Go west, young man – for diesels!

Published: 10:37AM Jul 21st, 2011
By: Murray Brown

THERE are certain heritage railways renowned for their diesel operation as opposed to merely tolerating them – and the West Somerset Railway is there among the best. While the public in general may prefer steam, many enthusiasts follow diesel traction and the WSR actively encourages diesel traction.

Go west, young man – for diesels!

“Warship” D832 Onslaught is on extended loan to the WSR and is receiving a repaint. You might think it is going into “Dutch” yellow and grey, with the first coat applied. Not so. It is going to be green with small yellow ends. The East Lancashire based Class 42, owned by the Bury Hydraulic Group, powers along the straight at Dunster on June 11 with the 14.00 from Bishops Lydeard during the WSR”s Mixed Traffic gala. Mark Few

From mid-April to the end of October, diesel traction is in use, sharing duties with the steam fleet – a total of 165 days’ operation. The line’s diesel multiple unit set shares these duties with main line traction. For the record, the operational Class 115 is formed of 51859+59678+51880, while the WSR is also home to the following DMU vehicles: 51663 (now an underframe only – used as an advertising hoarding), 51852 (sold late June – see Preservation column), 51887 (spare vehicle, out of use at present) and the following Class 117 trailers used as hauled stock: 59493, 59506 & 59515.

WSR chronology

The 24-mile line (20 miles of passenger running) which meanders through the delightful Somerset countryside in a north westerly direction from Bishops Lydeard to Minehead offers a tempting menu for diesel aficionados in terms of choice, photographic locations and timetable, notwithstanding its renowned galas.

Opened in 1862 as far as Watchet and extended by the Minehead Railway to the resort on the Bristol Channel in 1874, the branch from Norton Fitzwarren two miles west of Taunton saw increasing amounts of traffic from the holiday trade. Originally built as broad gauge, it was standardised in 1882 and was then absorbed into the Great Western Railway. Extra passing loops were installed and additional platforms.

Following nationalisation in 1948, Minehead was a destination for thousands of holidaymakers; but, like so many resorts, the motor car was taking its toll and Dr Beeching recommended the withdrawal of passenger services under the Reshaping Report of 1963. One of the last to fall under Beeching’s infamous axe, the last train ran along the branch on January 2, 1971. A month later, the embryonic West Somerset Railway Preservation Society was in business with a goal of re-opening the line as a commuter railway to Taunton.

The line was re-opened with the backing of the Somerset County Council in stages: Minehead-Blue Anchor 28.03.76; to Williton 28.08.76; to Stogumber 07.05.78 and finally to Bishops Lydeard 09.06.79. The aspiration for a service into Taunton was dropped, although the main line connection at Norton Fitzwarren remained and has since been resignalled, allowing through workings of charter trains and visiting traction.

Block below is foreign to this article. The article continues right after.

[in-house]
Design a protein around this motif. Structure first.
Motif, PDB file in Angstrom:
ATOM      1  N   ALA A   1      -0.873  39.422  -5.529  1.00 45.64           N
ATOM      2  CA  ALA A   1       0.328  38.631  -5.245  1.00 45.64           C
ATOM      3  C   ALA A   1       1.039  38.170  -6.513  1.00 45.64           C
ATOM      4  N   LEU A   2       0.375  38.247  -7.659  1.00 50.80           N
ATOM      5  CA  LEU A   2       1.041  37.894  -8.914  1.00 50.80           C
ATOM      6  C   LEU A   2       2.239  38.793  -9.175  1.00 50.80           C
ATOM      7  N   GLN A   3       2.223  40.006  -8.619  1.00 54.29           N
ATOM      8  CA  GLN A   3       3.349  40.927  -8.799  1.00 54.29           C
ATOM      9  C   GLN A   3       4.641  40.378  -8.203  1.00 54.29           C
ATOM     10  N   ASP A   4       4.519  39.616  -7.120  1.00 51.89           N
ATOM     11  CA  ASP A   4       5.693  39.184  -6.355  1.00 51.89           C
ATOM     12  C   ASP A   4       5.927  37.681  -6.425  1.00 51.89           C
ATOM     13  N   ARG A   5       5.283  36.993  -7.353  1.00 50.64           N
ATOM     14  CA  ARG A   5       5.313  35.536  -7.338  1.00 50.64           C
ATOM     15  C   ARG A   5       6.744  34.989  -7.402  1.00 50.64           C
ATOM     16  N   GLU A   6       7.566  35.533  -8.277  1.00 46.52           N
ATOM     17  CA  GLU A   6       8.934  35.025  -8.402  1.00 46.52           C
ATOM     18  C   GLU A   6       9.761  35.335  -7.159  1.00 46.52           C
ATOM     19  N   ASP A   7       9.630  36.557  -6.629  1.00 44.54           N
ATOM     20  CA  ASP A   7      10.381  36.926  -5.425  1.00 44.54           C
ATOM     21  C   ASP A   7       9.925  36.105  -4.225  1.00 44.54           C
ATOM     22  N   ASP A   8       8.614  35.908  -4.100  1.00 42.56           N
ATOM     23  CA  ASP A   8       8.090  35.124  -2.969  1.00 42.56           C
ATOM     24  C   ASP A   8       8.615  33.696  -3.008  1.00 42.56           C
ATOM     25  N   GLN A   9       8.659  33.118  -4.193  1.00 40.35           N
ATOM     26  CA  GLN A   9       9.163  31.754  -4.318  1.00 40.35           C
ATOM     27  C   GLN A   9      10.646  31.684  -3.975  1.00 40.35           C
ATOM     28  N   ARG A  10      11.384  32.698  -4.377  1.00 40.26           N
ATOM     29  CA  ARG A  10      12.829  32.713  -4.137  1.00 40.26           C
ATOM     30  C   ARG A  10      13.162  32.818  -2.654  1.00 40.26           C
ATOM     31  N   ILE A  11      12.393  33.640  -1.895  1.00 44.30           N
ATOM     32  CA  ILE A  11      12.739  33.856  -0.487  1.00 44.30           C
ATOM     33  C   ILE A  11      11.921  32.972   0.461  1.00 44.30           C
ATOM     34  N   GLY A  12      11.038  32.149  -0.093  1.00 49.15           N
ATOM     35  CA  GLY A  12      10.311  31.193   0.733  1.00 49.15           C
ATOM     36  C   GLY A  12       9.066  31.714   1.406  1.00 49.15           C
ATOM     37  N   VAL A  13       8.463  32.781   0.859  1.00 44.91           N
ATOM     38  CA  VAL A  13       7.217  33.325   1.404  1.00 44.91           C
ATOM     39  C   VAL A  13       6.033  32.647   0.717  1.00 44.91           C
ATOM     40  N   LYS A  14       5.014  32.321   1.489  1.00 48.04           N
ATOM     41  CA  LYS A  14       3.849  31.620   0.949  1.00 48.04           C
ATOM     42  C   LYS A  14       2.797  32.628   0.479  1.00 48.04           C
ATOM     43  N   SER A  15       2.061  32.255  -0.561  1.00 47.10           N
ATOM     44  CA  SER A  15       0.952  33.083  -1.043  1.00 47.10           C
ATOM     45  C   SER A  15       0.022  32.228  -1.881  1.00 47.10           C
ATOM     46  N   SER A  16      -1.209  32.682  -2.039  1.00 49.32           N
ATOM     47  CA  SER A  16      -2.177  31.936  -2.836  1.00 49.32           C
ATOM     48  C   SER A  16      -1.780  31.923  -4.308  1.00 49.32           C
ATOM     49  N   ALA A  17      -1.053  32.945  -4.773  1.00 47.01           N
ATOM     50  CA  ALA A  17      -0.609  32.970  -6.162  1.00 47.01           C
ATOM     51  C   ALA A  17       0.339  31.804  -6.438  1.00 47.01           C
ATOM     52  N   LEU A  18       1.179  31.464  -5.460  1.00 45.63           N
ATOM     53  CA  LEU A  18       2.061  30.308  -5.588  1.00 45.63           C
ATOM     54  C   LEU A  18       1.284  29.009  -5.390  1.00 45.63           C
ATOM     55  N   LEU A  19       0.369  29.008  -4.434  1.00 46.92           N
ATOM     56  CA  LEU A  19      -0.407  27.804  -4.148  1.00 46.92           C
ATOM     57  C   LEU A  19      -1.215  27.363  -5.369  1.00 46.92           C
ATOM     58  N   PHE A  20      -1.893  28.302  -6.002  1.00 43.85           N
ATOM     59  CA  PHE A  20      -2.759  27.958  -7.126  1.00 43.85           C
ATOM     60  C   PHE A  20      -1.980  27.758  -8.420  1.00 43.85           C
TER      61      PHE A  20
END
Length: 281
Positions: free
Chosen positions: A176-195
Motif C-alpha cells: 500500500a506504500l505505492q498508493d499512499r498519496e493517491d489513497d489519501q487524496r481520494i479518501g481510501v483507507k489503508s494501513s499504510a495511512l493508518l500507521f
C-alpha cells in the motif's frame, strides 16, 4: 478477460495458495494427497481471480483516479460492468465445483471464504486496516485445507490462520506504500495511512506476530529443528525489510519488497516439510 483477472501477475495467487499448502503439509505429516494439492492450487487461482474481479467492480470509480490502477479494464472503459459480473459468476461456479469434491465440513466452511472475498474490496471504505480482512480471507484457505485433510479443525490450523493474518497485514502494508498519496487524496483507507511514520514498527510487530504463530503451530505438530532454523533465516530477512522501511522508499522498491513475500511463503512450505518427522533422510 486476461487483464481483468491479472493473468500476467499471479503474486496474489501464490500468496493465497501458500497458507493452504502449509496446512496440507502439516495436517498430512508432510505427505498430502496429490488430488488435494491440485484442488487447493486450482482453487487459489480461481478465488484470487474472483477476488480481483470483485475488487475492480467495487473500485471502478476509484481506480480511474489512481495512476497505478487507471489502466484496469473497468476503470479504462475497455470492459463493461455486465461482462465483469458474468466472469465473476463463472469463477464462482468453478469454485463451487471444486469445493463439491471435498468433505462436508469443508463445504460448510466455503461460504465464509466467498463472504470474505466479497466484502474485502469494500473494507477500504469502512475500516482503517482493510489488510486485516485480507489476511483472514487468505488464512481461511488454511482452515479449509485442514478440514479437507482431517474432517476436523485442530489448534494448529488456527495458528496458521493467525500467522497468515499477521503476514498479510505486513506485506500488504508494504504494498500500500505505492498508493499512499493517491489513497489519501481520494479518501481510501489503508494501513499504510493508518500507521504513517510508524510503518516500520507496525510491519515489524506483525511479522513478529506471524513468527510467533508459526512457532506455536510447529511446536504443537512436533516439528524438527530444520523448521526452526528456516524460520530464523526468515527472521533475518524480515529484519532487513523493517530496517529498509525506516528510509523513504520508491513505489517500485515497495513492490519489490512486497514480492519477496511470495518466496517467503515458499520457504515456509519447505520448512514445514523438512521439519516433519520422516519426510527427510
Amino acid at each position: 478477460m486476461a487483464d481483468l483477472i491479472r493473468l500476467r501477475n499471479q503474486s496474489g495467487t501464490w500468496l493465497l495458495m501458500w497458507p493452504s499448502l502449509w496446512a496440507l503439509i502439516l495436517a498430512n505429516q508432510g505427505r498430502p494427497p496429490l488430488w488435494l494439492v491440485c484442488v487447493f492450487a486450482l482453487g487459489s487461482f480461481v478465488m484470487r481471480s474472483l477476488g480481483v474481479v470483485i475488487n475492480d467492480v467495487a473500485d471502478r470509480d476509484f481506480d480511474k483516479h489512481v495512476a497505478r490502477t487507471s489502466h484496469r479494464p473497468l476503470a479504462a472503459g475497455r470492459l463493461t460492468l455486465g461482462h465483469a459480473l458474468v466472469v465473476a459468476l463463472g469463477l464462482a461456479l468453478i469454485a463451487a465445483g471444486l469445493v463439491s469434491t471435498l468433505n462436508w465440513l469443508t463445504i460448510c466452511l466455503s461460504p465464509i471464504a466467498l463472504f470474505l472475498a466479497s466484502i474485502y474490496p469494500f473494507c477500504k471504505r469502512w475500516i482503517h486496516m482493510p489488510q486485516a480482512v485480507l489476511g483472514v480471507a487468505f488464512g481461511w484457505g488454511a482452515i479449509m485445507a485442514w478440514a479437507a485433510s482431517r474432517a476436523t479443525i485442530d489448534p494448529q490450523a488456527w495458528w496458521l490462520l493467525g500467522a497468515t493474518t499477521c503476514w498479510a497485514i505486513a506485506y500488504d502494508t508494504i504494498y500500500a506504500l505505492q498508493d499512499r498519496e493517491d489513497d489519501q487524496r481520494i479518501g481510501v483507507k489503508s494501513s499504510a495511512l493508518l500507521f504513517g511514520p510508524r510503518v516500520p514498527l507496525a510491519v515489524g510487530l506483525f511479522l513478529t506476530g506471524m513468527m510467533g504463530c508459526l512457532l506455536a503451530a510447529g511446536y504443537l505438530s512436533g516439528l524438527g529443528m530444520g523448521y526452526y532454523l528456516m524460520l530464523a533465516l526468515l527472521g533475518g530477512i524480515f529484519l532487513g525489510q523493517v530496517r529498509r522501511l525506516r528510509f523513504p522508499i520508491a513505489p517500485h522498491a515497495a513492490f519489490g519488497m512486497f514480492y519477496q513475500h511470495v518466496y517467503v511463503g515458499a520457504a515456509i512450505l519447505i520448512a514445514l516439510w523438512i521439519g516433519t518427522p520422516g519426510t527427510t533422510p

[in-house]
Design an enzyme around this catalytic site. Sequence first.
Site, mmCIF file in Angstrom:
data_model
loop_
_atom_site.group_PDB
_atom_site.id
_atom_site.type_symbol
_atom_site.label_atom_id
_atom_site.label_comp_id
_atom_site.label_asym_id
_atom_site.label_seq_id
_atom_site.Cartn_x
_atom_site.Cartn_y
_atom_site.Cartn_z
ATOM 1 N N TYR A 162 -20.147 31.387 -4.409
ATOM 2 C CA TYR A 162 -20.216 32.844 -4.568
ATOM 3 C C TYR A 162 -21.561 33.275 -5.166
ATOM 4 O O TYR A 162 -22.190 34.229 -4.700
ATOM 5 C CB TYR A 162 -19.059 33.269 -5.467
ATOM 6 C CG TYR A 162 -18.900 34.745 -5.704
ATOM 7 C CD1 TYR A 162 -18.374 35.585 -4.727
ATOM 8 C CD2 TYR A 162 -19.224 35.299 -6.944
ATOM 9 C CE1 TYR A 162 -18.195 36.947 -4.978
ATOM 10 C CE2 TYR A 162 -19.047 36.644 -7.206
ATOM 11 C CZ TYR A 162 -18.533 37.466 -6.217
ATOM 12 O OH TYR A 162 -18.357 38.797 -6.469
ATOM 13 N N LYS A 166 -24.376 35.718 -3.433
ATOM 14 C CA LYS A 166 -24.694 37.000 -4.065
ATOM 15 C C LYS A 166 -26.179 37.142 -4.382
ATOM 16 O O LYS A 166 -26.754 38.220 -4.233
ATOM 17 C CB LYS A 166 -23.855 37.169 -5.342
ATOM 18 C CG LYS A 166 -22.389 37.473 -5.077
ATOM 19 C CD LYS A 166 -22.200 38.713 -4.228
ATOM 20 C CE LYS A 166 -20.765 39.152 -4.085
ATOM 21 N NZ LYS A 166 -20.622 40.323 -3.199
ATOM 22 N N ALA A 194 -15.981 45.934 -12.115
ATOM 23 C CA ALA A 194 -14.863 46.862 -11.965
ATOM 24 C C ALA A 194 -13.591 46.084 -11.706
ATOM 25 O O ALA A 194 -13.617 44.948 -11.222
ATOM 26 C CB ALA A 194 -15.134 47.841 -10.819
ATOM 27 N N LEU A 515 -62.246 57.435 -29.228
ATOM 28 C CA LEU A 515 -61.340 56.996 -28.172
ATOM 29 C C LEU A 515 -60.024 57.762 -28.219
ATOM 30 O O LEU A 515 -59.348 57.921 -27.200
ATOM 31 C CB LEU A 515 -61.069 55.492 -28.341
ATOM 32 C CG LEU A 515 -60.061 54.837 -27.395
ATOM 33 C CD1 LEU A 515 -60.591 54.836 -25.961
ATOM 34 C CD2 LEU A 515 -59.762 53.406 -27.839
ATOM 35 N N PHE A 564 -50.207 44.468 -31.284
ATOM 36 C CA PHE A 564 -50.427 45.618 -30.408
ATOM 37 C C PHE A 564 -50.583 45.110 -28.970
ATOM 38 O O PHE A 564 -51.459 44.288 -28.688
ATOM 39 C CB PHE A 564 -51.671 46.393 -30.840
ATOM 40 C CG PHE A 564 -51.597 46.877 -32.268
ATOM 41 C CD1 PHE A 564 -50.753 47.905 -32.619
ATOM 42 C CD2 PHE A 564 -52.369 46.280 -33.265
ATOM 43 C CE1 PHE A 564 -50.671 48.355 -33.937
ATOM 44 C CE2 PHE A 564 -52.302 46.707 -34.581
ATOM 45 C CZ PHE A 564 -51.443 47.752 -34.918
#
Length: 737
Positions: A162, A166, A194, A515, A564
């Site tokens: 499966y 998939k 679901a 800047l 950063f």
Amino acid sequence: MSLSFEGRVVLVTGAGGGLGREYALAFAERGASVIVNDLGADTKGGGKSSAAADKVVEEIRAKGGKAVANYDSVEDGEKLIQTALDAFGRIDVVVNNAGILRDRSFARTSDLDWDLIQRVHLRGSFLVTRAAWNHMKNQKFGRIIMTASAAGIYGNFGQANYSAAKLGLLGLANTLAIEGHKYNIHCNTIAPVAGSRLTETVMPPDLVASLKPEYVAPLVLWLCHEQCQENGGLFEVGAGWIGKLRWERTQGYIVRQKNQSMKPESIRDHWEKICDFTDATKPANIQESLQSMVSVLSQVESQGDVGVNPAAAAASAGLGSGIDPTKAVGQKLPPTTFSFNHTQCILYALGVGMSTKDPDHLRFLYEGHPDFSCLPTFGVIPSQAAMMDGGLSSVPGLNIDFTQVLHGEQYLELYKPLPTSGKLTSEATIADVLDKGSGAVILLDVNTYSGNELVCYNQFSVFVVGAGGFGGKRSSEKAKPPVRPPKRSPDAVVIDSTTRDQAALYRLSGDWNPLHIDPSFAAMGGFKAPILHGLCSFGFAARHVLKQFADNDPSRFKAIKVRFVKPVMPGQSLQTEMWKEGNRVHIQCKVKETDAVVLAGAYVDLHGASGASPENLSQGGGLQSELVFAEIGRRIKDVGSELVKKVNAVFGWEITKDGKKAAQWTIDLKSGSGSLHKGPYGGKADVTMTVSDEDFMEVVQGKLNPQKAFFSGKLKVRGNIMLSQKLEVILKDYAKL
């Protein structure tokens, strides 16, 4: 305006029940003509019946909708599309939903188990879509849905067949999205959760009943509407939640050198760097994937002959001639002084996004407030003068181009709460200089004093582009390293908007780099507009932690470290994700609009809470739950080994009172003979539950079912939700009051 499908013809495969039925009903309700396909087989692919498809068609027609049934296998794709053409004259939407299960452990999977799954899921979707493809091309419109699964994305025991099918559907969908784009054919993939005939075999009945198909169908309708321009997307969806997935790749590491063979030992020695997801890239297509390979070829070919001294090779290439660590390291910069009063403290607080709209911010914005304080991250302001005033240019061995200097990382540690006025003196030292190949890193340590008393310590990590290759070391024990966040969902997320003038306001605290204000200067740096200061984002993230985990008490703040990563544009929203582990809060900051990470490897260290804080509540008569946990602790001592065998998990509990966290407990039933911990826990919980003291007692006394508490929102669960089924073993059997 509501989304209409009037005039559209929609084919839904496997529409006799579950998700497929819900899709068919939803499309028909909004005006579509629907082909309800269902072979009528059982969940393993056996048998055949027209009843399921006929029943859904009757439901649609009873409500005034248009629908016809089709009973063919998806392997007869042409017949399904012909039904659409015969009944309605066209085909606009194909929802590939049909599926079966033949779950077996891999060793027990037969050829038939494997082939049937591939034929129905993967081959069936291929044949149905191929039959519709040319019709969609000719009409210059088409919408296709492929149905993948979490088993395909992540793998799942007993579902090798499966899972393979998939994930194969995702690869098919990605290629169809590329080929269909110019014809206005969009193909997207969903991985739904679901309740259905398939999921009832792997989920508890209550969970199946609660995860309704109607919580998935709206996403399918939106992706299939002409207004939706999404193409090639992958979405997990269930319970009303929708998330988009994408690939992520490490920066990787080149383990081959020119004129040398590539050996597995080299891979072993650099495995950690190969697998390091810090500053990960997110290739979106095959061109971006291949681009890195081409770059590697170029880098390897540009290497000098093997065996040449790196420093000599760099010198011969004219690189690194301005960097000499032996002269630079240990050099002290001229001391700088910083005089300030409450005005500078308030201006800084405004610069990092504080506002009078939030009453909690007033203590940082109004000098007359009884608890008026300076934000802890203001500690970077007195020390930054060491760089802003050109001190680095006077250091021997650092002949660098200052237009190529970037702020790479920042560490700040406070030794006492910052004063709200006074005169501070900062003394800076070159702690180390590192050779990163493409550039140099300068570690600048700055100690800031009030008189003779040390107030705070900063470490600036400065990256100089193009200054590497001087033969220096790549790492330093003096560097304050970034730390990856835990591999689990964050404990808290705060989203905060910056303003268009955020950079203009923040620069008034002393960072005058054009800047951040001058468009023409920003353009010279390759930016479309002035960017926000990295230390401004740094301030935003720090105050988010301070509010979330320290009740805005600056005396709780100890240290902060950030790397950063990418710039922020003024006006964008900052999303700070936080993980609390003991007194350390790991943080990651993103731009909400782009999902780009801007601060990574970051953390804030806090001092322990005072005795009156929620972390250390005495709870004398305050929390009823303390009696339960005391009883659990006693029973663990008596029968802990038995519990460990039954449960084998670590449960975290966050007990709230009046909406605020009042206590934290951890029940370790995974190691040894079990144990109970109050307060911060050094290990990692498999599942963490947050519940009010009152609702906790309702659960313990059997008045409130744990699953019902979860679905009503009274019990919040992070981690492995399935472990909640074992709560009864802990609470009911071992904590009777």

Enter the D&EPG

Quite simply and complimentary, the Diesel & Electric Preservation Group is the elder statesmen of the diesel preservation movement. Its origins go back to the heady days of the early 1970s when the ‘Hymeks’ were on their way out. On the final tour on September 22, 1973, a group was formed to save one of the Beyer Peacock Class 35s. 

‘Hymek’ D7017 was bought in 1975 and taken to Taunton, later moving to Minehead in March 1976. A year later, sister D7018 was offered to the Diesel & Electric Group (as it was then known) and moved to Didcot, the second base of the group.

Thereafter, success followed with more locos added to the expanding fleet. In 1987, the name of the group was changed to the Diesel & Electric Preservation Group and it became a charity. All of its activities were concentrated on the WSR from 1991 when the group bade farewell to its Didcot base.

The D&EPG is, in effect, the diesel arm of the WSR and, besides its own fleet, also looks after several privately owned machines. The group has developed its own site and traction facility at Williton and has been aided by a lottery grant to do so. The depot and visitor centre is open at special events and is well worth a visit. Break your journey at Williton and, after looking round the workshop, catch the next service.

Help keep these locos running

The D&EPG warmly welcomes new members to help keep these veteran machines in running order. There are various membership fees – the ordinary member’s annual fee is £15. You can write to: Graham Perry, D&EPG Membership Secretary, 46 Rookery Road, Knowle, Bristol BS4 2DT.

Alternatively, the group maintains an excellent website (see website links panel) on which can be found a printable membership form. The official email contact is Mike Cambourne wsrdepg@yahoo.com and to whom the editor acknowledges thanks for assistance with this feature, along with Peter Slater.

Driver for a day

For those who want to have a great day out and relive their youth, the D&EPG runs driver training courses. The WSR’s main office at Minehead deals with bookings (Tel: 01643 704996). The locomotive usually rostered is ‘Crompton’ D6566.

However, bad news! Such is the popularity that all of this year’s courses are sold out. The dates for next year will be known by this September. The course costs £295 and uses freight wagons, lasts from 08.00 to 17.00 and allows the participant to learn all aspects of being a second man and a driver. At least one run along the 20-mile line to Bishops Lydeard is provided (the line is 24 miles to the actual junction at Norton Fitzwarren).

Responses to “Go west, young man – for diesels!”

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